The University of Nebraska at Omaha does not have a law school, so Criss Library's legal holdings are limited to a few key reference works. We own the U.S. Statutes at Large and U.S. Code; and the Laws of Nebraska and Nebraska Revised Statutes. We also have the United States Reports, Nebraska Reports, and Nebraska Appellate Reports. In addition we keep the current year of the Code of Federal Regulations and the Federal Register. These series are all shelved in the Reference collection, and you may click their titles to link to the catalog records and find the call numbers.
While the library has only a modest legal collection, we do subscribe to four commercial databases, which taken together are roughly equivalent to the reference and journal holdings of a law library: NexisUNI, WestlawNext, HeinOnline, and Legal Information Reference Center. These databases encompass codes and statutes for the U.S. government and all fifty states; published decisions of the U.S. courts and the courts of all fifty states; and articles published in over 700 law review journals. The Legal Information Reference Center focuses on consumer-level information, including the very popular NOLO Press legal reference guides. Anyone may visit the library to search the databases, but off-campus access is restricted by license to currently-enrolled UNO students.
The Nebraska Legislature has released floor debate transcripts through its Internet site at http://nebraskalegislature.gov/transcripts/. The online transcripts extend back to the 83rd Legislature (1973-1974). Earlier records remain available at Criss Library as described below:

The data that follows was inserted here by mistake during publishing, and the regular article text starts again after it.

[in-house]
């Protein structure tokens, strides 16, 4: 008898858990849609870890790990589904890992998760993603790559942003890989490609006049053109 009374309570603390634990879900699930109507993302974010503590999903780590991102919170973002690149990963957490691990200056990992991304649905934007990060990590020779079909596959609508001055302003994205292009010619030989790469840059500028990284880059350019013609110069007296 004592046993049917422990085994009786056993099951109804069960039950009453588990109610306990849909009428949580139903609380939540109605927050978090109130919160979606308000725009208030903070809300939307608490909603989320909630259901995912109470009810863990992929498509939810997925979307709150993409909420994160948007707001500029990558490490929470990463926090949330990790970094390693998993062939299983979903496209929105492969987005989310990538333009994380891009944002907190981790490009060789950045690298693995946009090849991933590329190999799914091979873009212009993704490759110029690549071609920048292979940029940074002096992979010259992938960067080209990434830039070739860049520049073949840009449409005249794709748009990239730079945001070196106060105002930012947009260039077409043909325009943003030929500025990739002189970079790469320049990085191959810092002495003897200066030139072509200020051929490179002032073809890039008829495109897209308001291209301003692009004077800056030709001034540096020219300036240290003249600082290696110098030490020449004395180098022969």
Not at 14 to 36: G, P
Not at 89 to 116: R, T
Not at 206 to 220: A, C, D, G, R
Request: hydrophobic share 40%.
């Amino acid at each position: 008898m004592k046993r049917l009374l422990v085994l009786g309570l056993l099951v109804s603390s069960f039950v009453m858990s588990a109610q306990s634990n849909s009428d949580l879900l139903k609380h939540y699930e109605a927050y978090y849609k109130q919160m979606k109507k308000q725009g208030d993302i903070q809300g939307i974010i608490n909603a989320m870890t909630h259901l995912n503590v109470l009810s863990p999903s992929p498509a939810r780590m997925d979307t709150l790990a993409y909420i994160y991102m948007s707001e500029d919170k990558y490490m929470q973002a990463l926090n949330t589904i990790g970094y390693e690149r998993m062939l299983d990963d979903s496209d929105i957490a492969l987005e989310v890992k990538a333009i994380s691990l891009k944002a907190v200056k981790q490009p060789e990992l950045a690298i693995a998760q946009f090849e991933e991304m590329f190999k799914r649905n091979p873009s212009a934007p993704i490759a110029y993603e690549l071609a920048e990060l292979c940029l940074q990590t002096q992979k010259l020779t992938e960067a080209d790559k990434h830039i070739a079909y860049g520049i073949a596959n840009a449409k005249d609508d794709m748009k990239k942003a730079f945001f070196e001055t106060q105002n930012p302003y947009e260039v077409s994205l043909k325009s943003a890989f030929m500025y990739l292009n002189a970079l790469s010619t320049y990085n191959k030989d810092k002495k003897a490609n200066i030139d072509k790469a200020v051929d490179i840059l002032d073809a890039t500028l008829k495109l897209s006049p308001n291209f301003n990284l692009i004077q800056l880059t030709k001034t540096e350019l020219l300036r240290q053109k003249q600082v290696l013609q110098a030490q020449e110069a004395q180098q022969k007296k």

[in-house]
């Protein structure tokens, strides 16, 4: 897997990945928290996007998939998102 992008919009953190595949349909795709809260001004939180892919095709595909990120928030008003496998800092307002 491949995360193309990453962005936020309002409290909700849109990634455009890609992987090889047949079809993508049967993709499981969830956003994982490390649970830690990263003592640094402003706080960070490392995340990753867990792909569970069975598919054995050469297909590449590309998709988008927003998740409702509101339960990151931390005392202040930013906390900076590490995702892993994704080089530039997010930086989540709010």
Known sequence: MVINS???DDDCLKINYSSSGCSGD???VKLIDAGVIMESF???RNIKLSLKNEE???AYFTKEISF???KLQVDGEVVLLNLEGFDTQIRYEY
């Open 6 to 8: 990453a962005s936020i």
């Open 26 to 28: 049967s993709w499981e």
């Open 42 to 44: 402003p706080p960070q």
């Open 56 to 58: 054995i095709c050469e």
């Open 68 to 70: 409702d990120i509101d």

The key to research on Nebraska legislative history lies in finding pertinent legislative bill numbers (LBXXXX) and years, which can be used as index points to track the legislature's actions. Keep in mind that each legislature numbers bills starting from one, so you need to know not only the bill number, but also the pertinent year. For example, it is not enough to know that you are interested in LB775, because every legislature can have a LB775. You need to know that you are interested in LB775 of a specific year.
Schmid Law Library of the University of Nebraska College of Law and Klutznick Law Library of the Creighton University School of Law serve as the two comprehensive law libraries in Nebraska. Researchers engaged in in-depth legal research may well find it necessary to visit one of these libraries. We recommend that they first contact the libraries to inquire about collections and services.
The Oyez Project at Chicago-Kent is a multimedia archive devoted to the Supreme Court of the United States and its work. It aims to be a complete and authoritative source for all audio recorded in the Court since the installation of a recording system in October 1955. The Project also provides authoritative information on all justices and offers a virtual reality Tour of portions of the Supreme Court building, including the chambers of some of the justices.